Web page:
for my sample : Authors(0,n)<--------------------->(1,1) Books (0,n) <----------------------> (1,1) loan

table authors                                                        table book                                                  table loan
-id_authors                                                           - id_book                                                     - id_loan
- firstname                                                            - isbn                                                           - date_begin
- lastname                                                            - title                                                            - date_end
-...                                                                         - ...                                                              -....

I do not understand your second example, I know you bring attention to the latter because I live in Burgundy and there are good wines ....
can you tell me how to do with my example of managing borrowing books in a library?


Tim Holloway wrote:
For best results, you should always annotate both source and target relationships, but you can annotate only the property whose relationship you actually intent to use.


Sorry, but I do not understand at all, because what you say is abstract!

Tim Holloway wrote:
Note that the second example here is using a compound foreign key.


I know what is a  compound foreign key, but in your example, there are baths that I do not understand or I do not assimilate!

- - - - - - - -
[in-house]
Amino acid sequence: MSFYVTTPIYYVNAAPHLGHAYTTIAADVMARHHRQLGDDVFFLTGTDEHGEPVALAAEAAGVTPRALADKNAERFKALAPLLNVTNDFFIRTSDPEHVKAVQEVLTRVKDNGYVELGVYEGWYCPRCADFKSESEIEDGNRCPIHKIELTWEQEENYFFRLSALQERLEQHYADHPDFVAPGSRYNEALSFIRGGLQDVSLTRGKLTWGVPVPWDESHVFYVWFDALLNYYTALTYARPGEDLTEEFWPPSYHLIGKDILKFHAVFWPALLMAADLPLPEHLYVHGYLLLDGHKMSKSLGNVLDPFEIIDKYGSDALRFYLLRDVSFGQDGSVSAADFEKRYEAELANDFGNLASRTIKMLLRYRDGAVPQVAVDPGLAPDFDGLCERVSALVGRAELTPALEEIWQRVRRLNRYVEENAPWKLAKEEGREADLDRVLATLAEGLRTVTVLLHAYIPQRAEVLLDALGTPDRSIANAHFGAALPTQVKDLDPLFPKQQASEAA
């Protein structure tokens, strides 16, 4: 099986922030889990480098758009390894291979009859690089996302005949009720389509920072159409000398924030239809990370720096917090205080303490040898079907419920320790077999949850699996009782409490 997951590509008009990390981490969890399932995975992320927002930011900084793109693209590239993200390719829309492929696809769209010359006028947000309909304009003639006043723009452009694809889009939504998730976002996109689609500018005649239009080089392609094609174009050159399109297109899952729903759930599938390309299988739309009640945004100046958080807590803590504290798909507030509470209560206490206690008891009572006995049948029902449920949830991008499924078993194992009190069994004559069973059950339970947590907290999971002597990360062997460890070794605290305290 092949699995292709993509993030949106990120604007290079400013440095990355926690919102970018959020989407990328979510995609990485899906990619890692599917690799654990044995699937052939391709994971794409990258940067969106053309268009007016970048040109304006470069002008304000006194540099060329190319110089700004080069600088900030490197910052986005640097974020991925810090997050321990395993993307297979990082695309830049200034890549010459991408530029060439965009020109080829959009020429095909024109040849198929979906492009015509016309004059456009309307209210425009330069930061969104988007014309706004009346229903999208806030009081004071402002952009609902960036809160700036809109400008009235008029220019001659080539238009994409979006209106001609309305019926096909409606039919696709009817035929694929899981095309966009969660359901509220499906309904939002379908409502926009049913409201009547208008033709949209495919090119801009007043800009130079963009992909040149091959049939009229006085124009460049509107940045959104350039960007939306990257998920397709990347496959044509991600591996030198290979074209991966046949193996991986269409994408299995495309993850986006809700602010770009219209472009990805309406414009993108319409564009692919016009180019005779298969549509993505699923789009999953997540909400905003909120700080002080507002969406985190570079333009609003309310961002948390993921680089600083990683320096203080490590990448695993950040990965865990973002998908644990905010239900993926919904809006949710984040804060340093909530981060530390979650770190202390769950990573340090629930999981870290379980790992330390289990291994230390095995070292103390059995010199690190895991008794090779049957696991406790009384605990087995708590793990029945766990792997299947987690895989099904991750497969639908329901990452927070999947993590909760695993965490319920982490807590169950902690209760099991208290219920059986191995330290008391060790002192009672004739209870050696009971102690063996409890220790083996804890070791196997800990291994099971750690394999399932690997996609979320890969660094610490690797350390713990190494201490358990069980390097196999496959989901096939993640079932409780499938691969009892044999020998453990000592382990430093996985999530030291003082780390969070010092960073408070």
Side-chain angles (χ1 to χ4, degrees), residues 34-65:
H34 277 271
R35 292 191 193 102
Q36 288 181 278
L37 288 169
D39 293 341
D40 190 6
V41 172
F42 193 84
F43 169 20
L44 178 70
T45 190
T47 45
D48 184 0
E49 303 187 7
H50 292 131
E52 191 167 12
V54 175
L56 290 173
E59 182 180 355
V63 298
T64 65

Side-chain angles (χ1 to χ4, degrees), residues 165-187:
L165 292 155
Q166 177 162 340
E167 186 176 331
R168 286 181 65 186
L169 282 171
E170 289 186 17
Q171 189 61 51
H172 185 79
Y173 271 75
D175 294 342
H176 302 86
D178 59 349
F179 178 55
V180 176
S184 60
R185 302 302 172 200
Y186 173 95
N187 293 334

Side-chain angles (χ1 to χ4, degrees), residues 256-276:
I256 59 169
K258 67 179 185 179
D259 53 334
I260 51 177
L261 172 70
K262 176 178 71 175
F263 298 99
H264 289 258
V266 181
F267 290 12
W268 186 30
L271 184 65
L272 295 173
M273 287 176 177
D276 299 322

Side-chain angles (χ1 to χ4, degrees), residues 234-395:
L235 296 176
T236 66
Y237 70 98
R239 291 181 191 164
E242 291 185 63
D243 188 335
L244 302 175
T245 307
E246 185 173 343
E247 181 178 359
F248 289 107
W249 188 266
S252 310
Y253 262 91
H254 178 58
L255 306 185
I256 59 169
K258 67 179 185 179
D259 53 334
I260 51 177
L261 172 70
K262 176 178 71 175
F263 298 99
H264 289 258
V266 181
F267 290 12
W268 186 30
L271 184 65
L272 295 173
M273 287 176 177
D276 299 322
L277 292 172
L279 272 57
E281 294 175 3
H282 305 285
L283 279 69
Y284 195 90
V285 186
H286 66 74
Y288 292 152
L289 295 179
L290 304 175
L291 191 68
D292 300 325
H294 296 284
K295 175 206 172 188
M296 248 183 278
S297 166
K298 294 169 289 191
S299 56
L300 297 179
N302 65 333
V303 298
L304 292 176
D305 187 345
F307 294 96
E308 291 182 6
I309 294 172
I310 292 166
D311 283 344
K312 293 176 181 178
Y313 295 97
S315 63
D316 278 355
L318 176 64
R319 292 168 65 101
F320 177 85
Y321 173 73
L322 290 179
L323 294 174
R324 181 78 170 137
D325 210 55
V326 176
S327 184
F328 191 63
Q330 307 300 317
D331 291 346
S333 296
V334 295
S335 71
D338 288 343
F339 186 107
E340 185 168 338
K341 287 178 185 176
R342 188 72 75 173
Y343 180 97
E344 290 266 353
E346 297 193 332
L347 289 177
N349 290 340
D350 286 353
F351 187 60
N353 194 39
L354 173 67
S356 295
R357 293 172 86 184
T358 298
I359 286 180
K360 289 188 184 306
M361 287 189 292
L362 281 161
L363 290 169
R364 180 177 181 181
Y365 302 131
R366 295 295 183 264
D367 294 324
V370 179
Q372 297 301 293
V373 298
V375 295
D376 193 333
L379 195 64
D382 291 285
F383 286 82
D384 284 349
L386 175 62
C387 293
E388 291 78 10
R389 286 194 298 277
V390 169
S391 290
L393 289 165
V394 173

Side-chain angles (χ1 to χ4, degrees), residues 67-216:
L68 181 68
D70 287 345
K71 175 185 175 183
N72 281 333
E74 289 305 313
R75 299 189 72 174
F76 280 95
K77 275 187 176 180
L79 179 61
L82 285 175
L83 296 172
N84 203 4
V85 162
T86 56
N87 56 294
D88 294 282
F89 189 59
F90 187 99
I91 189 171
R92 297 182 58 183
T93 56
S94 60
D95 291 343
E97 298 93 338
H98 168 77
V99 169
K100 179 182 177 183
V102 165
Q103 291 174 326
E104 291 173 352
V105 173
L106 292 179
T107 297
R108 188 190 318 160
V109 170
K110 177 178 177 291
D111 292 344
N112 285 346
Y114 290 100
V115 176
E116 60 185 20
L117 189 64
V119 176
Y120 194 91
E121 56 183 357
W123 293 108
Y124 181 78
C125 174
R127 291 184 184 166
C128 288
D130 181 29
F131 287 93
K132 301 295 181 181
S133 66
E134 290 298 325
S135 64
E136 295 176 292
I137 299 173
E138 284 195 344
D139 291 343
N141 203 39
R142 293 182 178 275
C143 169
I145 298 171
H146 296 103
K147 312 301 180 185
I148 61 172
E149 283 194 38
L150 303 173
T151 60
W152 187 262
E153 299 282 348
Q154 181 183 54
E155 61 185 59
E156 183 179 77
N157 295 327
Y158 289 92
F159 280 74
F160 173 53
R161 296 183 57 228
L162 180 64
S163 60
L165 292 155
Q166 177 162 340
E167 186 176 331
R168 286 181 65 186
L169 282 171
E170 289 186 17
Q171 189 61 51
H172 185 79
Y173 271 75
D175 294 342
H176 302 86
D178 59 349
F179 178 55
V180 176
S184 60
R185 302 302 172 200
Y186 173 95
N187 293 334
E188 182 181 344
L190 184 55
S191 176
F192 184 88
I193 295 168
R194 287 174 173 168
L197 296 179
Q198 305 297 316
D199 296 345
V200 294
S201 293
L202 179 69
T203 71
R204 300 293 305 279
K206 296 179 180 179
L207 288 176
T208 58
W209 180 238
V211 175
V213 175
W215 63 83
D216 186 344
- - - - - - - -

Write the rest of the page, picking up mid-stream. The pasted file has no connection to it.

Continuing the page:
if you have the time, give me an example from my model of 3 tables described above
 
Tim Holloway
Bartender
Posts: 20924
127
Android Eclipse IDE Tomcat Server Redhat Java Linux
  • Mark post as helpful
  • send pies
  • Quote
  • Report post to moderator
Actually, I took my examples from a major project of mine that has lots of related entities. Not all wine comes from France.

The JPA annotations don't directly relate to Spring web-mvc. Rather, they are used by the application's persistence code to return the model data that web-mvc can use. In my case, I use JSF, but the JPA part of the application would be identical, regardless.

This statement probably will not work:

The primary reason is that JPA Entity objects are JavaBeans, and not only are there rules about capitalization of bean class names and member names for JavaBeans, but also for the data access methods. In specific: the JavaBean property get method name consists of the property's name with its first character translated to uppercase and prefixed with the word "get" for non-boolean properties, and "is" for boolean properties.

So instead of "getauthors", JPA will be trying to locate a method named "getAuthors". Since Java is case-sensitive, it will fail.

You have specified List<authors> as your return type. Again, class names should always begin with an upper-case letter. Thus: List<Authors>. And actually it's usually better to give an entity its singular grammatical name, so better would be List<Author>. And a OneToOne relationship makes no sense for a property which can return a List, since a List implies OneToMany or ManyToMany.


Likewise, the mappedBy annotation attribute is attempting to reference a property of the target class, but you have specified a property whose name begins with an upper-case letter, which is incorrect.

So a more appropriate form of that method would look something like this:
 
Don't get me started about those stupid light bulbs.
  • Post Reply Bookmark Topic Watch Topic
  • New Topic
Boost this thread!